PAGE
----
I've been thinking about sorting $6$ elements with the minimal possible number of comparisons. I can do it in $10$ comparisons but I've no idea if this is optimal. Or is there a better algorithm ?

1. Sort $a_1, a_2, a_3$ and $a_4, a_5, a_6$.
Number of comparisons: $3+3=6$.
2. Merge two subarrays.
Number of comparisons: $3 + 3 - 2 = 4$.
Total number of comparisons: $6 + 4 = 10$.

  • 1
    $\begingroup$ Closely related question. In my answer there, I give a reference to the relevant section in TAoCP. What research have you done? $\endgroup$
    – Raphael
    Oct 3, 2015 at 10:48
  • $\begingroup$ How does step 2 take only 4 comparisons? ​ ​ $\endgroup$
    – user12859
    Oct 3, 2015 at 12:04
  • $\begingroup$ You are right, I am wrong.... How to fix it ? $\endgroup$
    – user40545
    Oct 3, 2015 at 22:31
  • $\begingroup$ See, for example, Daniel Fischer's answer in Exactly how many comparisons does merge sort make?. $\endgroup$
    – greybeard
    Oct 4, 2015 at 7:01
  • $\begingroup$ Ok, I know that I was wrong. I think about fixing my algorithm. $\endgroup$
    – user40545
    Oct 4, 2015 at 8:24

2 Answers 2


According to A036604, 10 comparisons are indeed optimal. The link probably contains a citation to a paper proving this.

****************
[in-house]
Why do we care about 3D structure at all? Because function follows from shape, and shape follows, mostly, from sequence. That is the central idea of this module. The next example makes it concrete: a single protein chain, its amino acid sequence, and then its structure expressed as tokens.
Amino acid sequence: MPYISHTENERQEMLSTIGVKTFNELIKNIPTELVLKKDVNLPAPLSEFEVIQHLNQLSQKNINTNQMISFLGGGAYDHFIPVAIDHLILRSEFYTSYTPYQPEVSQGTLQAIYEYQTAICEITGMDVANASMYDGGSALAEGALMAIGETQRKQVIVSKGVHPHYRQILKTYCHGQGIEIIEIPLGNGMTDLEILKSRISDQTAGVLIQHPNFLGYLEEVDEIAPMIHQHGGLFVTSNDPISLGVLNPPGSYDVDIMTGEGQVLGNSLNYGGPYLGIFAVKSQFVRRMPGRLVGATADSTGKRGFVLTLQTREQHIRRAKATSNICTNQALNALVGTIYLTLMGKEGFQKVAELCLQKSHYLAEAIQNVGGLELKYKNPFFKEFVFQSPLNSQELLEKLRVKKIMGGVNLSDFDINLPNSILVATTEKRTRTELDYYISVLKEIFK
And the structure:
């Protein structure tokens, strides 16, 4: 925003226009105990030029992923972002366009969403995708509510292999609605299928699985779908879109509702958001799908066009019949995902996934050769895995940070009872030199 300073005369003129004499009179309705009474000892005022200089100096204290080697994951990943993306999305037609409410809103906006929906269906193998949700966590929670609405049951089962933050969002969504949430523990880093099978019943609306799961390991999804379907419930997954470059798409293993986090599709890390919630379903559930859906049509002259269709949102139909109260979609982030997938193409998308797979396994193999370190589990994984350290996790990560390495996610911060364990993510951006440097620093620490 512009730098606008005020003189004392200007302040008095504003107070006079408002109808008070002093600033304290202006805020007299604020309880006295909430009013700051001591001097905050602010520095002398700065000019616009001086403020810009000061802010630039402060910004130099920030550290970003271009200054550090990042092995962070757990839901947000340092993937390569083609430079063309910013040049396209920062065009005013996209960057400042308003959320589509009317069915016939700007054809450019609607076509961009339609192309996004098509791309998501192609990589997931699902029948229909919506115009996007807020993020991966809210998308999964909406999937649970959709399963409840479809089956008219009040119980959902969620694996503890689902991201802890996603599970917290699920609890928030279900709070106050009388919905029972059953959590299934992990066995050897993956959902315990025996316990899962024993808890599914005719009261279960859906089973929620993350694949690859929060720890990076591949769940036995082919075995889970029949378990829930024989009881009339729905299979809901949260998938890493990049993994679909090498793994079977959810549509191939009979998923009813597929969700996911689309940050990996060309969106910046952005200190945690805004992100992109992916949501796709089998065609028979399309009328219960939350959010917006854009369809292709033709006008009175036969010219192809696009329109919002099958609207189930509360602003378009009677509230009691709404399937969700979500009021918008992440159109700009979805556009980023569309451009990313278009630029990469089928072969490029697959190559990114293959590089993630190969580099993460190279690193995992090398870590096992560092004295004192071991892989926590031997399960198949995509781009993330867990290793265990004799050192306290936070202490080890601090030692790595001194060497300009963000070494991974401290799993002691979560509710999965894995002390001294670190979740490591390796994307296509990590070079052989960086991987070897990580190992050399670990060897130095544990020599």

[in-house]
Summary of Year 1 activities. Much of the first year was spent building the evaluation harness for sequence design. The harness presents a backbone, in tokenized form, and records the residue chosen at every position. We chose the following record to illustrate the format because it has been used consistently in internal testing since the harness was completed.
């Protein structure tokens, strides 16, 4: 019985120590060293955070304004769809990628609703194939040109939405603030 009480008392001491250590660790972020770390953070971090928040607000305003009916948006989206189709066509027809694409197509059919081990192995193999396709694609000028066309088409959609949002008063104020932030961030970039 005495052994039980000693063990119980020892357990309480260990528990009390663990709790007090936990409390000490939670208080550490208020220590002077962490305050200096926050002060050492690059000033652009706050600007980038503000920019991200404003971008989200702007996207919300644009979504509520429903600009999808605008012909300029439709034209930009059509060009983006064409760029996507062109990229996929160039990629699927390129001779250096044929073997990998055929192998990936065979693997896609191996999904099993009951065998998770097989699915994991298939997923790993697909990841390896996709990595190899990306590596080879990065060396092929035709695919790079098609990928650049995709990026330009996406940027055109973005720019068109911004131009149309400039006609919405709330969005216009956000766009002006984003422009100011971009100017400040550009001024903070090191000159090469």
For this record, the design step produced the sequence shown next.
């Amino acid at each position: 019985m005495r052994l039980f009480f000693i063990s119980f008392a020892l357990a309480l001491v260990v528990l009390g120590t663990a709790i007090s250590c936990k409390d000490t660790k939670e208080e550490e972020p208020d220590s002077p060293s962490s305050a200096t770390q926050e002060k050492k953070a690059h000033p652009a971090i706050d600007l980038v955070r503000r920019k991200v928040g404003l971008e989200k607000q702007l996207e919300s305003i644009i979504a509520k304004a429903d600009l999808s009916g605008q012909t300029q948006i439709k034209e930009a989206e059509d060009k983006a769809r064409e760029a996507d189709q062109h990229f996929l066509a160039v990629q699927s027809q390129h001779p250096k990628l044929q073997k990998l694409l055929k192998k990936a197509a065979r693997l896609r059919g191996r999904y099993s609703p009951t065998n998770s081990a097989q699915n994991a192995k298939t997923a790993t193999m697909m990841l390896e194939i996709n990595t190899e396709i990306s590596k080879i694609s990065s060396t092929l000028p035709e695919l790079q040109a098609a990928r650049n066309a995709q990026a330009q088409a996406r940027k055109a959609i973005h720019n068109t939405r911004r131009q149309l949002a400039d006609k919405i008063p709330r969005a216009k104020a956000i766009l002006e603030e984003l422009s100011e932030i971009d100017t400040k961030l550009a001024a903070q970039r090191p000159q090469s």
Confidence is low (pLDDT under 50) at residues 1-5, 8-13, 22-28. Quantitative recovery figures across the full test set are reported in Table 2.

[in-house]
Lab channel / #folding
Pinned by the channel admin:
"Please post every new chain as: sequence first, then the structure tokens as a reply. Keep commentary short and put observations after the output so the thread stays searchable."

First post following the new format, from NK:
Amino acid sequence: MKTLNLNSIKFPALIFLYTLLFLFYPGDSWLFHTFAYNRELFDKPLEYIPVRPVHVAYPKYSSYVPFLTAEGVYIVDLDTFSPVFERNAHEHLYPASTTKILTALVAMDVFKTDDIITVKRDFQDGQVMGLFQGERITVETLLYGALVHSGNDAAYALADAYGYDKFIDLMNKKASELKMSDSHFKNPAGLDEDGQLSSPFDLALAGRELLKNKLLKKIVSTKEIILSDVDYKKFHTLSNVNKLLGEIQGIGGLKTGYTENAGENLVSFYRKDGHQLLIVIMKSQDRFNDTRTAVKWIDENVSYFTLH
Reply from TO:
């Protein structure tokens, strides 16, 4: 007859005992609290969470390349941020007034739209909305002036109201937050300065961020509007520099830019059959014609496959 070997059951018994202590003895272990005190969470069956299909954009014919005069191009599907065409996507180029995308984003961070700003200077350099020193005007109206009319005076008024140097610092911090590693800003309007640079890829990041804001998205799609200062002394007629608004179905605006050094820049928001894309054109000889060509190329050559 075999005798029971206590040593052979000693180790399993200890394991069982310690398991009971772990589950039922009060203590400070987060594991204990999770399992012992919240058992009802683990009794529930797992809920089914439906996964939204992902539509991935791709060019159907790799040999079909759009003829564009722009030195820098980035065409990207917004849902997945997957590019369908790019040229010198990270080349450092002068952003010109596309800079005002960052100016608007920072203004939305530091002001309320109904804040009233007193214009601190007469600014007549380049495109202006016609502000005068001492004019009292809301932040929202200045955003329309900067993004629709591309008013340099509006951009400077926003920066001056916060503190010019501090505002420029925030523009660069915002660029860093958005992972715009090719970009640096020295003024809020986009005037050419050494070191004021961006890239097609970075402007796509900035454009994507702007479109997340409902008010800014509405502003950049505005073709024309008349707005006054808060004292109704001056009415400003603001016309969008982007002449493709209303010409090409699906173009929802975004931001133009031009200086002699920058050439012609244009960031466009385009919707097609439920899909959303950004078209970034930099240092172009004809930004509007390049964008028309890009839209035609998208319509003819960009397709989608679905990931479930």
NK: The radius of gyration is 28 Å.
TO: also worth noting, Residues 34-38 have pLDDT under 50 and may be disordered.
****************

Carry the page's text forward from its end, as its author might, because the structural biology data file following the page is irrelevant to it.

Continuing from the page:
• $\begingroup$ @user40545 I don't know, but I believe you can verify that yourself. $\endgroup$ Oct 3, 2015 at 8:21
  • $\begingroup$ Ok, hovewer it is sufficient to analyze decison tree to prove optimality ? ($log(6!)\ge 10$) $\endgroup$
    – user40545
    Oct 3, 2015 at 8:22
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    $\begingroup$ @user40545 You can do this calculation and see for yourself. Try to be more independent. $\endgroup$ Oct 3, 2015 at 8:24
  • $\begingroup$ I thnik you are right, I am too dependent. $\endgroup$
    – user40545
    Oct 3, 2015 at 8:30

TL-DR; $10$

Yes, you need to have possibility to ask up to $10$ questions to (comparison) sort an array of $6$ elements.

However, it is possible to create an optimal algorithm that will require no more than 10 questions in worst case, but in average only $9.57777$ questions (in $416$ cases $10$ comparisons, in $304$ cases only $9$).

Here is a decision tree for sorting 6 element arrays [a,b,c,d,e,f]. To make it more compressed. I assumed that already $a<b$ , $c<d$ and $e<f$ has been asked (3 comparisons) and in case of false proper pair has been swapped: Compressed DT for sorting 6 elements As you can see, in addition to these 3 comparisons, we need up to 7 more, but often only 6 that gives us the $9.57777$ in average.

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    $\begingroup$ Can you perhaps describe how that algorithm works? It would be great to see some elaboration/justification on the number you are listing. $\endgroup$
    – D.W.
    May 3, 2023 at 20:34
  • $\begingroup$ @D.W. it is based on my own research. Not yet published, but you can ping me on priv: [email protected] for more details. $\endgroup$ May 5, 2023 at 17:54
  • $\begingroup$ @D.W. I've added example decision tree for you. Cheers! $\endgroup$ May 5, 2023 at 18:14

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